Our study also demonstrated that psoriasis is a substantial health burden given its common prevalence in medical practice and its associated use of treatments. More than 90% of patients required some form of prescription therapy for psoriasis. The most common treatments used were topical corticosteroids, topical vitamin D analogues, corticosteroid combination products, and topical tar. For most patients with psoriasis, only 1 to 2 prescriptions were used in the year after documentation of the disease in the medical record by the GP. Also, patients may have received additional prescription therapies from other specialists (eg, dermatologists). Nevertheless, this finding is consistent with that of a recent US population-based study,5,33 which demonstrated that 59% of patients with psoriasis have minimal skin involvement. In addition, a cross-sectional study9 in the United Kingdom demonstrated that at least 33% of patients with psoriasis identified through GPs were not using any therapy at the time of evaluation. However, for more than 20% of patients, the disease appears to create a significant burden with respect to health care utilization given that they required 5 or more prescriptions for psoriasis in the year after documentation of psoriasis by the GP. As in other population-based studies of psoriasis, the frequency of systemic medication use is low. This study, however, underestimates the use of certain systemic agents such as psoralen because its use is restricted to dermatologists in the United Kingdom and therefore is not captured electronically by the GPs.28
As with all studies, there are limitations to consider. Patients with mild psoriasis may not have come to medical attention, and therefore using a diagnosis by a GP may underrepresent the prevalence of the disease. In addition, the gold standard for diagnosis of psoriasis is an examination by a dermatologist. Nevertheless, this study found a similar prevalence to that of psoriasis in the United Kingdom based on previous studies, and other studies in the United Kingdom have indicated a good rate of accuracy of psoriasis diagnosis by GPs.34 Most studies of the epidemiology of psoriasis have relied on patient self-report, which may have limited accuracy, so our study has the advantage of evaluating a diagnosis confirmed by the GP.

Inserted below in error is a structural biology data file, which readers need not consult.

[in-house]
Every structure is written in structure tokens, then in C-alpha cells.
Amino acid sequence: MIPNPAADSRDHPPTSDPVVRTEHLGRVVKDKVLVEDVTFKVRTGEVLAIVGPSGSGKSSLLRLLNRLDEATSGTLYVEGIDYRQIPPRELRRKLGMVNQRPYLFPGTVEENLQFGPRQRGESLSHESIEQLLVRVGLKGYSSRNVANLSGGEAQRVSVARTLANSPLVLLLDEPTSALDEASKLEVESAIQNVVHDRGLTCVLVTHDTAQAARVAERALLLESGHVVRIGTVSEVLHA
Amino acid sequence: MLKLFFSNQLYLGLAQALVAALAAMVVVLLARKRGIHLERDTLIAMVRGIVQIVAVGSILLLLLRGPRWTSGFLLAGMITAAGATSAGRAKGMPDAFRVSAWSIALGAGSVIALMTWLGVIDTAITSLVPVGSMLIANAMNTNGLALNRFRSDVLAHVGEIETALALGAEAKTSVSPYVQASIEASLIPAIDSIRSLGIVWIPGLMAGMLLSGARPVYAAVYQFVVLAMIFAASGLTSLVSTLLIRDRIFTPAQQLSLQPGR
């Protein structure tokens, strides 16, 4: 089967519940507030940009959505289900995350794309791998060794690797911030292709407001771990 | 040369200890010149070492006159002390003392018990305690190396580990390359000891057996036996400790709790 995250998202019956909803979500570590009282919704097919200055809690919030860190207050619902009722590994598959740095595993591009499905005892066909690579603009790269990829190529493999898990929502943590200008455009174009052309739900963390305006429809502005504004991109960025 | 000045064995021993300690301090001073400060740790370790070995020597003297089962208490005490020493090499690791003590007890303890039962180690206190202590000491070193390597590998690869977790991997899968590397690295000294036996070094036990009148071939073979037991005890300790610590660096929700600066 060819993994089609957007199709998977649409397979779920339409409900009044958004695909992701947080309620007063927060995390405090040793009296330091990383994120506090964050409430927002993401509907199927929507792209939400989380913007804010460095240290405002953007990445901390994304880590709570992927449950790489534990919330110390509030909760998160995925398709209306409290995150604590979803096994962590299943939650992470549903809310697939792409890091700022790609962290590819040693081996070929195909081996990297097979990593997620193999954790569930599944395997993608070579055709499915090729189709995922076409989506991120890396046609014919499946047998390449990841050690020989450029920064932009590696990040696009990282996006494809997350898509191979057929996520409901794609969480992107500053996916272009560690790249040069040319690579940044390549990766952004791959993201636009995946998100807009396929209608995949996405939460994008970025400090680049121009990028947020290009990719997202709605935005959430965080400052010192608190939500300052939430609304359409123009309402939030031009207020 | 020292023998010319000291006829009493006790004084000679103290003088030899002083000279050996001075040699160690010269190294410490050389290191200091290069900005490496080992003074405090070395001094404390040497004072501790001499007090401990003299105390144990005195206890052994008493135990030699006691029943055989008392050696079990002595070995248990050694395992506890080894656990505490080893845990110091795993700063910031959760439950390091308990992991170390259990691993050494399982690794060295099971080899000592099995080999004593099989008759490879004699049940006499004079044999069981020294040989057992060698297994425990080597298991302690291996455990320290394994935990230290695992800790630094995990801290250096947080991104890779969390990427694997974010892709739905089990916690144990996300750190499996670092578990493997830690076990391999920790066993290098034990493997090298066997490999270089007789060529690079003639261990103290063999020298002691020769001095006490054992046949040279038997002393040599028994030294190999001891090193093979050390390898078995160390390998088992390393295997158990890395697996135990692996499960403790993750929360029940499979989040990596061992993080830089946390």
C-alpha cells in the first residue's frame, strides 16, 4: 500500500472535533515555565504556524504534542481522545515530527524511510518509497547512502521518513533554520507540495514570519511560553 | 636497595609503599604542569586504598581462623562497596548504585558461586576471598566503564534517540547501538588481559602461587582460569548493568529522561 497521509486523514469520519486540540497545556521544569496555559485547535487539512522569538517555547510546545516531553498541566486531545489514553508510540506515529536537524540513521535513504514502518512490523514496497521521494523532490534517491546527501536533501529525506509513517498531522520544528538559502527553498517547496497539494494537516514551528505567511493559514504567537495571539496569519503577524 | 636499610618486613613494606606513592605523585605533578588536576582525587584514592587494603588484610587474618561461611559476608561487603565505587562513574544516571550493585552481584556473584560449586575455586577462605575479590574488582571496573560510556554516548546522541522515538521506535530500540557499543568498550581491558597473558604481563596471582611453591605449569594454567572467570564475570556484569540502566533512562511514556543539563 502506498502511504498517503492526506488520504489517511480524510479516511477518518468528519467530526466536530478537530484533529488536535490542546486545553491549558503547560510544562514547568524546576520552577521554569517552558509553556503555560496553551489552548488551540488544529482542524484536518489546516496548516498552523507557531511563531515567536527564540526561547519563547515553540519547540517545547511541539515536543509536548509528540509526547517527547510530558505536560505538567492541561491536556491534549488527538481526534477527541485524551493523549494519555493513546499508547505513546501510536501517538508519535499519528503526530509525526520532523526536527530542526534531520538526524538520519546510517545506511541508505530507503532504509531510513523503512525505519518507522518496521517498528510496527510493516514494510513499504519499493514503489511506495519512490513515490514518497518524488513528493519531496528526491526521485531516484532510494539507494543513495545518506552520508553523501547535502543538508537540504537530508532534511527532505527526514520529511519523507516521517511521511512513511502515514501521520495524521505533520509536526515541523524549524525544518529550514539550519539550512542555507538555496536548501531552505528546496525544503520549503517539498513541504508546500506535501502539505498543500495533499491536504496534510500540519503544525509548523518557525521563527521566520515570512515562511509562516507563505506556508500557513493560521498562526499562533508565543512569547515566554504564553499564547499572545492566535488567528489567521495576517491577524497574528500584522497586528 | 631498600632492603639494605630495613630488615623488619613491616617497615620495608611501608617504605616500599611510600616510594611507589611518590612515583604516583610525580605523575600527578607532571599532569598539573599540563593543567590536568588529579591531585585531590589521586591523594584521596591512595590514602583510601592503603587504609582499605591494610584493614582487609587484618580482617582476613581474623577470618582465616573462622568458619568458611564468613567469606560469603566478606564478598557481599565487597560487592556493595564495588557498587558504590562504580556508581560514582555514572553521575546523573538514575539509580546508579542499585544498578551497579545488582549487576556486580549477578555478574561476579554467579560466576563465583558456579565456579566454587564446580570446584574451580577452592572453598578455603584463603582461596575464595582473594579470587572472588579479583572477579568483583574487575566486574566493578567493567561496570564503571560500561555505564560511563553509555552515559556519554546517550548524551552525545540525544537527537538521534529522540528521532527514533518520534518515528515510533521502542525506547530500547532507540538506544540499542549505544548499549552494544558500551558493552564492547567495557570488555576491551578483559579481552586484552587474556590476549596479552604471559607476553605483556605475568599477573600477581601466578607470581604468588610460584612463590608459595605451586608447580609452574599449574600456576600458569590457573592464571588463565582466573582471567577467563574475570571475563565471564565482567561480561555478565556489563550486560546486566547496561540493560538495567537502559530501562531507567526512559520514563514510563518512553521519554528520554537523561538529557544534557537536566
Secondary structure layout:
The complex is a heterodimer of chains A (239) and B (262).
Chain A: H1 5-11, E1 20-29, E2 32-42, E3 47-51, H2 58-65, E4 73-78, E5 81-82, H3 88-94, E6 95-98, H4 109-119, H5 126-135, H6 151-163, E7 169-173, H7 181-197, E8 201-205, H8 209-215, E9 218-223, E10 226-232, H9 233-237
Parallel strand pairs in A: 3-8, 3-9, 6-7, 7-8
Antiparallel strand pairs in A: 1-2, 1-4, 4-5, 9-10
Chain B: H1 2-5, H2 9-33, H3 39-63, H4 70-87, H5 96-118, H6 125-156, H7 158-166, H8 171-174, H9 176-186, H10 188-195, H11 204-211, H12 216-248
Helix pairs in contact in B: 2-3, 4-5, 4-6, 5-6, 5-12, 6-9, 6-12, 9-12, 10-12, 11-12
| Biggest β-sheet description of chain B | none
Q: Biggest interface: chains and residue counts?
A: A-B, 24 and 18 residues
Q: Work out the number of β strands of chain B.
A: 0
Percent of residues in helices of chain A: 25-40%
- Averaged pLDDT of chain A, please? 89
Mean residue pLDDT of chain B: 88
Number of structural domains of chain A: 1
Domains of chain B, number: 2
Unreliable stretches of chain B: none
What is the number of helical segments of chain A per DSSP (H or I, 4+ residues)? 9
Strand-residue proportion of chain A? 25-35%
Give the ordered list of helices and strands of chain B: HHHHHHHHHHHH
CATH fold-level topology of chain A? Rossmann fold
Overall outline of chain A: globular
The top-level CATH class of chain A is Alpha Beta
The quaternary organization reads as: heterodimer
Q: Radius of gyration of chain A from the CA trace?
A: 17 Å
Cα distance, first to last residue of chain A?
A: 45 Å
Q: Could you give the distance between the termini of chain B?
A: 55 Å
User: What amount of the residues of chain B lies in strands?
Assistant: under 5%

This study of more than 100 000 patients with psoriasis suggests that additional studies are indicated to identify the determinants of the increased prevalence of psoriasis in young female patients compared with young male patients. In addition, studies are needed to determine the cause of the decline in psoriasis prevalence seen in older individuals. This population-based study also demonstrates that psoriasis is a substantial burden given that it commonly comes to medical attention and frequently requires prescription therapy.
Correspondence: Joel M. Gelfand, MD, MSCE, Department of Dermatology, University of Pennsylvania, 3600 Spruce St, 2 Maloney Bldg, Philadelphia, PA 19104 (Joel.Gelfand@uphs.upenn.edu).
Accepted for Publication: March 15, 2005.
Author Contributions:Study concept and design: Gelfand, Porter, Berlin, and Margolis. Acquisition of data: Gelfand, Porter, Neimann, and Margolis. Analysis and interpretation of data: Gelfand, Weinstein, Neimann, Berlin, and Margolis. Drafting of the manuscript: Gelfand, Porter, and Margolis. Critical revision of the manuscript for important intellectual content: Gelfand, Weinstein, Porter, Neimann, Berlin, and Margolis. Statistical analysis: Gelfand, Weinstein, Berlin, and Margolis. Obtained funding: Gelfand and Berlin. Administrative, technical, and material support: Gelfand, Weinstein, and Porter. Study supervision: Gelfand, Neimann, Berlin, and Margolis.
Financial Disclosure: None.
Funding/Support: This study was supported by grants from the American Skin Association, New York City, NY; the Dermatology Foundation, Evanston, Ill; and grants K23-AR051125-01 and K24-AR02212 from the National Institute of Arthritis, Musculoskeletal and Skin Diseases, Bethesda, Md.